Articles filed under Taxes & Subsidies from Vermont
At least 200 Barton residents shouted a loud NO! to power generating towers in Barton and in Sheffield at a public meeting last week. The meeting was called to figure out a way to change Barton's Town Plan to remove any approving reference to wind tower generation in town. The theme of the meeting was that wind towers on Barton's and neighboring ridgelines would grossly disfigure the beauty of the town and of Crystal Lake. Liz Butterfield, owner of the Barton Village Corner Store said it all. "This petition basically reinforces that we don't want to look at the (towers) at the end of Crystal Lake, and we don't want the construction coming through. And in the future, we don't want wind development in the town of Barton. I think a 420-food wind tower at the end of a state park (Crystal Lake State Park) is a travesty."
The PSB attached a number of conditions to their approval of the project. As the Ridge Protectors, a group of people who have opposed the project for years, say, the attached conditions contain potential deal breakers and they intend to fight the actual project to the bitter end. We are with them. The Sheffield voters, when they approved the project for an entirely illusory tax benefit, sold the Northeast Kingdom's birthright for a mess of pottage. Assuming The Ridge Protectors prevail and the project is stopped, these same voters, when they discover the taste of pottage, will be thanking them.
MONTPELIER -- Without a word of debate or even a roll call, the Senate voted Wednesday for a bill designed to encourage energy efficiency and renewable energy, along with an increase in the state's tax on Vermont Yankee to pay for it. The tax on Vermont Yankee's electric generation would claim $25 million from the nuclear power plant's owner, Entergy Corp., between 2009 and 2012. The House is expected to vote on the bill Friday, when it's likely to face debate......The plan would tax Vermont Yankee's power generation from a rate of $.00225 per kilowatt-hour in 2009, $.0025 in 2010 and $.003 in 2011. Wind power projects would be charged at the same rates. That's a rate wind developers sought and praised. "The wind energy property tax set in the bill is good for Vermont because it will encourage wind farm investments here, which the state needs to have a clean energy future," said Adam Necrason, lobbyist for Renewable Energy Vermont.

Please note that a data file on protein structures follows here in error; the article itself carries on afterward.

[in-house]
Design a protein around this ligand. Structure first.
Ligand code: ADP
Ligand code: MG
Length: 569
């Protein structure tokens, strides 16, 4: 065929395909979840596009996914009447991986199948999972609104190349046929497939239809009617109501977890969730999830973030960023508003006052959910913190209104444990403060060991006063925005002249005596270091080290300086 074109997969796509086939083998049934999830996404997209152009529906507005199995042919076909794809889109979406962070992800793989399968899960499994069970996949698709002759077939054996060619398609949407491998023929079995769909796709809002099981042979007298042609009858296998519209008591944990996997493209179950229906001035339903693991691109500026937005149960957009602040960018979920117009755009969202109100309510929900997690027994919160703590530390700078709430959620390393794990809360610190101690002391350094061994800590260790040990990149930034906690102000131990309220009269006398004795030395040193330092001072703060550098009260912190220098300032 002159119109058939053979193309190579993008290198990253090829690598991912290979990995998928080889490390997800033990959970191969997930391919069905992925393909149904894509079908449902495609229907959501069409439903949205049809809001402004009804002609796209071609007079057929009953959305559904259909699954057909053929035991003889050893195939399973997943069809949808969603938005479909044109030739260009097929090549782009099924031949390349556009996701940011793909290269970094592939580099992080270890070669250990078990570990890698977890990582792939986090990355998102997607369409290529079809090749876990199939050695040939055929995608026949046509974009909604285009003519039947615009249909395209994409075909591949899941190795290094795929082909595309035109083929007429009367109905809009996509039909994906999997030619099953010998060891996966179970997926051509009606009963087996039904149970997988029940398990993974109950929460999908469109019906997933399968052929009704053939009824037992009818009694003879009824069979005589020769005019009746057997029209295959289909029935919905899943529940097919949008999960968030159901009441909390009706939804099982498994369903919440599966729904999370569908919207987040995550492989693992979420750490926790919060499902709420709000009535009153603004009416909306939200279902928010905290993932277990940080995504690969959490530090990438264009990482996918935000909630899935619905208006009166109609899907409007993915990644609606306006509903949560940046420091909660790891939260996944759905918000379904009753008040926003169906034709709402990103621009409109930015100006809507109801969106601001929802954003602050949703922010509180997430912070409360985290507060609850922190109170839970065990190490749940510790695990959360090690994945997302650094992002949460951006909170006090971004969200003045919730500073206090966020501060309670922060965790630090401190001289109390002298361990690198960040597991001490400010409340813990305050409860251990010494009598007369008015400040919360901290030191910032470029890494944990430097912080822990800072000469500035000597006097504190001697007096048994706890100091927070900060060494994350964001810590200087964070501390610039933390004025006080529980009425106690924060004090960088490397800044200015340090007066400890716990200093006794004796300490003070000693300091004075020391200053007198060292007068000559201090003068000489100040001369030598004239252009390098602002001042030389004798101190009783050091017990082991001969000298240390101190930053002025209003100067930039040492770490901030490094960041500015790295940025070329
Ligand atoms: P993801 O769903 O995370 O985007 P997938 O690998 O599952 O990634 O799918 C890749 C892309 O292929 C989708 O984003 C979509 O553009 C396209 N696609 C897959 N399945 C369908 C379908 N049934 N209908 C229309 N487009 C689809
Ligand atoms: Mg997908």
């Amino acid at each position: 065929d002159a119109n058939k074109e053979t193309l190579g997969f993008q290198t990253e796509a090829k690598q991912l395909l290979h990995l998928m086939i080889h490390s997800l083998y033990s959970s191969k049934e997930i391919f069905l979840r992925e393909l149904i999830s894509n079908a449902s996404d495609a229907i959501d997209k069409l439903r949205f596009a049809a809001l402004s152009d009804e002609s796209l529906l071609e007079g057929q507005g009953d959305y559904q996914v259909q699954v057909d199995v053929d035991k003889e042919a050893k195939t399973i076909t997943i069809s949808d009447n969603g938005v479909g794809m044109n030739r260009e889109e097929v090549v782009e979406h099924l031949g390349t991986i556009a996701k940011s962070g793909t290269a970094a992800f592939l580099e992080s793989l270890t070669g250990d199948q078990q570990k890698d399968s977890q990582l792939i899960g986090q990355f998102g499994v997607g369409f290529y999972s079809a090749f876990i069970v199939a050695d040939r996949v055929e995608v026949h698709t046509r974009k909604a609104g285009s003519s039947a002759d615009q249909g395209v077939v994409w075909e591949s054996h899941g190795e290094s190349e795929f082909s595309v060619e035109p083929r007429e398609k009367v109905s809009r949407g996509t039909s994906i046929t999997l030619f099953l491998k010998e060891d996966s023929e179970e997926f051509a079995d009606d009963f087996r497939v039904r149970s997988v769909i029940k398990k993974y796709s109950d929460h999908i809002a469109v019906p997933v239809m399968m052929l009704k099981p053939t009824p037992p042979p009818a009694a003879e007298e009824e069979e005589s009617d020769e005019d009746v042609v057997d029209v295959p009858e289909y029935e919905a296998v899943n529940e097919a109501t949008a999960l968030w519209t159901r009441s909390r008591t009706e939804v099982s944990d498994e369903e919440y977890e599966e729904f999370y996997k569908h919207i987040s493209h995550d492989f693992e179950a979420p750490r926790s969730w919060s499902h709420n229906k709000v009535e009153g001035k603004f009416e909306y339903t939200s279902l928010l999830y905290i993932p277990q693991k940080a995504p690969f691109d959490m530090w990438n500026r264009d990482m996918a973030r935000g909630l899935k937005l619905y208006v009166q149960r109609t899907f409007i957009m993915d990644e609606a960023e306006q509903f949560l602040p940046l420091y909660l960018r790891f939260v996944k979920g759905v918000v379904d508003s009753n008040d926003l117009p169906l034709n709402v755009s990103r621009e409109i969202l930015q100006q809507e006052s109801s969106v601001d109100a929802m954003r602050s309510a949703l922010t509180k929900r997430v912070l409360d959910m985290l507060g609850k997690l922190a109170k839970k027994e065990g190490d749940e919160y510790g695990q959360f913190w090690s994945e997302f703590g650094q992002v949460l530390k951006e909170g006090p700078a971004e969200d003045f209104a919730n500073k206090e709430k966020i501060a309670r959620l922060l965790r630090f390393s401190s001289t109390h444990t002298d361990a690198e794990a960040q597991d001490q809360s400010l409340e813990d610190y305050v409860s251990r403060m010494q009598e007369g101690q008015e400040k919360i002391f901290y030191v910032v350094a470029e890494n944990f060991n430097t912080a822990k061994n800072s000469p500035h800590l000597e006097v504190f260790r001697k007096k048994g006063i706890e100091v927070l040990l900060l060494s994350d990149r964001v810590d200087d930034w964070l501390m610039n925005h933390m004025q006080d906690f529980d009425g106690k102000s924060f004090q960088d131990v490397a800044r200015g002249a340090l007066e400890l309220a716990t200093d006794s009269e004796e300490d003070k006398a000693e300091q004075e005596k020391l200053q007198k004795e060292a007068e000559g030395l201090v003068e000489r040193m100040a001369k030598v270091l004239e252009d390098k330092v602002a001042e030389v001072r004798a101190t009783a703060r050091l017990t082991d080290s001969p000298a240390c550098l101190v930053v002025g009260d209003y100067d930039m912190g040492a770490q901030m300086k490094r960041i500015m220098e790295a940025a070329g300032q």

MONTPELIER -- House members offered up a different proposed tax Tuesday to pay for an energy-efficiency program -- one that still focuses on Vermont Yankee but in a way that proponents say should defuse complaints about an earlier Senate plan to tax some of the nuclear power plant's profits. The new plan nonetheless drew fire from the plant's owner, Entergy Corp., and the Douglas administration. The proposal would tax Entergy at just over one-half cent per kilowatt hour on the amount of power it generates at the Vernon plant. That would amount to about $25 million a year, a hefty increase from the $4.5 million Entergy now pays.......Wind developers don't like the rate of just over one-half cent per kilowatt hour proposed by the House, saying it is high enough to discourage developers from coming to Vermont. Andrew Perchlik of Renewable Energy Vermont Inc. said three-tenths of a cent is more fair.
So, to avoid a long and uncertain political and legal battle, Entergy, the state's lowest cost, most reliable energy producer, agreed to pay the state's new Clean Energy Fund as much as $28 million over the next seven years. The state will use the money to subsidize VPIRG's favorite renewable energy projects, chief among which are legions of already-subsidized 420-foot wind turbine towers marching along Vermont's mountain ridges.